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    That's a good contact as they sell some useful stuff and what is even better they are about half a mile from the car as the crow walks. Thanks for the tip.
    Greatest discombobulations to all my readers.

  9. #17
    Official RnS Addict Perfect65's Avatar
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    Back to the C post repairs - this is the beginning of repairing the post itself. Roughly 50mm of the lower section was badly corroded so I cut off what I thought was needed to get back to some reasonably sound metal. I made up an over-length section and used some handy bars to form the new piece and this will be cut to length later with a thin disc cutter.


    This is the new bit welded into place as best I could as its about the most awkward area to work. I still found myself chasing a few more rust holes but it wasn't surprising. Not pretty but at least its now a strong enough part to build on and wont need much more than a skim of filler.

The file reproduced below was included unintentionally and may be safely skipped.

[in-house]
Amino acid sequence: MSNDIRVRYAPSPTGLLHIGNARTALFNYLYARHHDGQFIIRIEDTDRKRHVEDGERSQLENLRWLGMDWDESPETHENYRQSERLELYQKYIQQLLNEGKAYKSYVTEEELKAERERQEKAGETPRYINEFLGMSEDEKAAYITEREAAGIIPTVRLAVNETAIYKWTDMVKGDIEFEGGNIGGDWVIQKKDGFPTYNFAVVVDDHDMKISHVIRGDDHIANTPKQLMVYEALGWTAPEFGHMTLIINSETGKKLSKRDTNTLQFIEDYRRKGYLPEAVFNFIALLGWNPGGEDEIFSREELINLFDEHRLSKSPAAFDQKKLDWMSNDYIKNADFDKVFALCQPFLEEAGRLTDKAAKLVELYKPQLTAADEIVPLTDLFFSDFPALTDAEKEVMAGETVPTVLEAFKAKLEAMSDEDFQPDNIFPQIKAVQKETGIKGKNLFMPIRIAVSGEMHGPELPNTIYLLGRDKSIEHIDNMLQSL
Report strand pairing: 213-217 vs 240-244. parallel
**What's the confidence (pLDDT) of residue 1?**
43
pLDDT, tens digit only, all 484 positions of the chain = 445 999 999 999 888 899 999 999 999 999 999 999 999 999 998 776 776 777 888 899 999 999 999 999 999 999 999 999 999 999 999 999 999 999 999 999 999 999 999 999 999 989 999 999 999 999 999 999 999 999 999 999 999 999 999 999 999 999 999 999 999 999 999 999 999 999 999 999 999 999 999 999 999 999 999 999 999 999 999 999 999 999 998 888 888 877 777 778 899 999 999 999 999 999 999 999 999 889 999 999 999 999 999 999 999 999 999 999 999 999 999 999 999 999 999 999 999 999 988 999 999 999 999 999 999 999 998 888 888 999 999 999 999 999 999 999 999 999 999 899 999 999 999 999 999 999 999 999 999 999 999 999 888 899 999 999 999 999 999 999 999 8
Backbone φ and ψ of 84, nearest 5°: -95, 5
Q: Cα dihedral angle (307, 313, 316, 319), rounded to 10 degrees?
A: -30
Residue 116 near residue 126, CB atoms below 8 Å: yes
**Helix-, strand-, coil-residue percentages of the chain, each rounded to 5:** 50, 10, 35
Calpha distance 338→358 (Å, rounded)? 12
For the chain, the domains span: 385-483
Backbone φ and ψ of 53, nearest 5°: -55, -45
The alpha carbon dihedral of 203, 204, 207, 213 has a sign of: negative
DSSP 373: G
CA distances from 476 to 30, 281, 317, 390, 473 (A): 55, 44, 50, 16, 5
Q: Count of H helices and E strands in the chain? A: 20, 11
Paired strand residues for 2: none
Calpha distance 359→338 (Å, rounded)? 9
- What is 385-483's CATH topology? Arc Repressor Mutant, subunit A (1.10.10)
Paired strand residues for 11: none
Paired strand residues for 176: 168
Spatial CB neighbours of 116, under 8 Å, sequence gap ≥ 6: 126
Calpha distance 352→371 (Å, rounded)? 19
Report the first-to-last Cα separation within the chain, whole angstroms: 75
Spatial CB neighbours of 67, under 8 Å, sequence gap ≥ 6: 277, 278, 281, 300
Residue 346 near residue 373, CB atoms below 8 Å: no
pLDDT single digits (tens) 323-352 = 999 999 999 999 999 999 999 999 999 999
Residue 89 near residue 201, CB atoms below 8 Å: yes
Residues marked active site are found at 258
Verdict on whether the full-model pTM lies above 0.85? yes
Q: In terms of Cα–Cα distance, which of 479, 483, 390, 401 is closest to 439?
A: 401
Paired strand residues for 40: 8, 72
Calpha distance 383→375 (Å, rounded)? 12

And this is the inside of it. Any bluish colour is the milky white rust converter before it cures and turns the rust black.




    And this is the general condition of the chassis after a good rub down with a coarse sanding disc and a coat of rust converter (Aquasteel this time). I save all the old discs from the angle grinder as they are good for this sort of thing being hard wearing and stiff material.


    Next is painting the parts I wont be able to reach when the post is closed up plus any chassis that is nearby, after rust converter comes Bondaprimer, matt black undercoat then chassis satin black. Some will get burnt but thats unavoidable.